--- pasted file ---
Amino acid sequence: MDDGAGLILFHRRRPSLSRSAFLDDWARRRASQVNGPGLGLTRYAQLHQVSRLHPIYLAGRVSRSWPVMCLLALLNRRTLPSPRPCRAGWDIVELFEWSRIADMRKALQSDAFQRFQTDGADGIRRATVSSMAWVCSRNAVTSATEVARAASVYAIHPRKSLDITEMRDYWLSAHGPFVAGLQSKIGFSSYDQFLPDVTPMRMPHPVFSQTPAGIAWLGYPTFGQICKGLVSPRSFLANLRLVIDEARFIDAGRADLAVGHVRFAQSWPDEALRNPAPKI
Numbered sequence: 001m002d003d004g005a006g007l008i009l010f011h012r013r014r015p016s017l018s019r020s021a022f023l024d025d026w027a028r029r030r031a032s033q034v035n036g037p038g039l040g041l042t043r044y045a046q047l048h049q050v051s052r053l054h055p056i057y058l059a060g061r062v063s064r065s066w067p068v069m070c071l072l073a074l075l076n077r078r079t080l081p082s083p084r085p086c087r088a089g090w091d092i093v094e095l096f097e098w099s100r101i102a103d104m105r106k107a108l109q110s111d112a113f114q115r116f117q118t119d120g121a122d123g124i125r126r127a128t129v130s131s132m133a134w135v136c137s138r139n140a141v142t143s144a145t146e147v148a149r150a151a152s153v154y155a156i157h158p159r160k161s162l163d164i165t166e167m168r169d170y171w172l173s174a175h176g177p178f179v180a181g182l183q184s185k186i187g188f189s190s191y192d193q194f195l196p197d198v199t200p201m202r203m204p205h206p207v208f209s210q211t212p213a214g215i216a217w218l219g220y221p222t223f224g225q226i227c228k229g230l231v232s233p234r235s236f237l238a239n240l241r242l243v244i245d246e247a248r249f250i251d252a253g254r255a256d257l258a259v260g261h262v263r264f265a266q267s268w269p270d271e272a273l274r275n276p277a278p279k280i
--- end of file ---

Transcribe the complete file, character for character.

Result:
Amino acid sequence: MDDGAGLILFHRRRPSLSRSAFLDDWARRRASQVNGPGLGLTRYAQLHQVSRLHPIYLAGRVSRSWPVMCLLALLNRRTLPSPRPCRAGWDIVELFEWSRIADMRKALQSDAFQRFQTDGADGIRRATVSSMAWVCSRNAVTSATEVARAASVYAIHPRKSLDITEMRDYWLSAHGPFVAGLQSKIGFSSYDQFLPDVTPMRMPHPVFSQTPAGIAWLGYPTFGQICKGLVSPRSFLANLRLVIDEARFIDAGRADLAVGHVRFAQSWPDEALRNPAPKI
Numbered sequence: 001m002d003d004g005a006g007l008i009l010f011h012r013r014r015p016s017l018s019r020s021a022f023l024d025d026w027a028r029r030r031a032s033q034v035n036g037p038g039l040g041l042t043r044y045a046q047l048h049q050v051s052r053l054h055p056i057y058l059a060g061r062v063s064r065s066w067p068v069m070c071l072l073a074l075l076n077r078r079t080l081p082s083p084r085p086c087r088a089g090w091d092i093v094e095l096f097e098w099s100r101i102a103d104m105r106k107a108l109q110s111d112a113f114q115r116f117q118t119d120g121a122d123g124i125r126r127a128t129v130s131s132m133a134w135v136c137s138r139n140a141v142t143s144a145t146e147v148a149r150a151a152s153v154y155a156i157h158p159r160k161s162l163d164i165t166e167m168r169d170y171w172l173s174a175h176g177p178f179v180a181g182l183q184s185k186i187g188f189s190s191y192d193q194f195l196p197d198v199t200p201m202r203m204p205h206p207v208f209s210q211t212p213a214g215i216a217w218l219g220y221p222t223f224g225q226i227c228k229g230l231v232s233p234r235s236f237l238a239n240l241r242l243v244i245d246e247a248r249f250i251d252a253g254r255a256d257l258a259v260g261h262v263r264f265a266q267s268w269p270d271e272a273l274r275n276p277a278p279k280i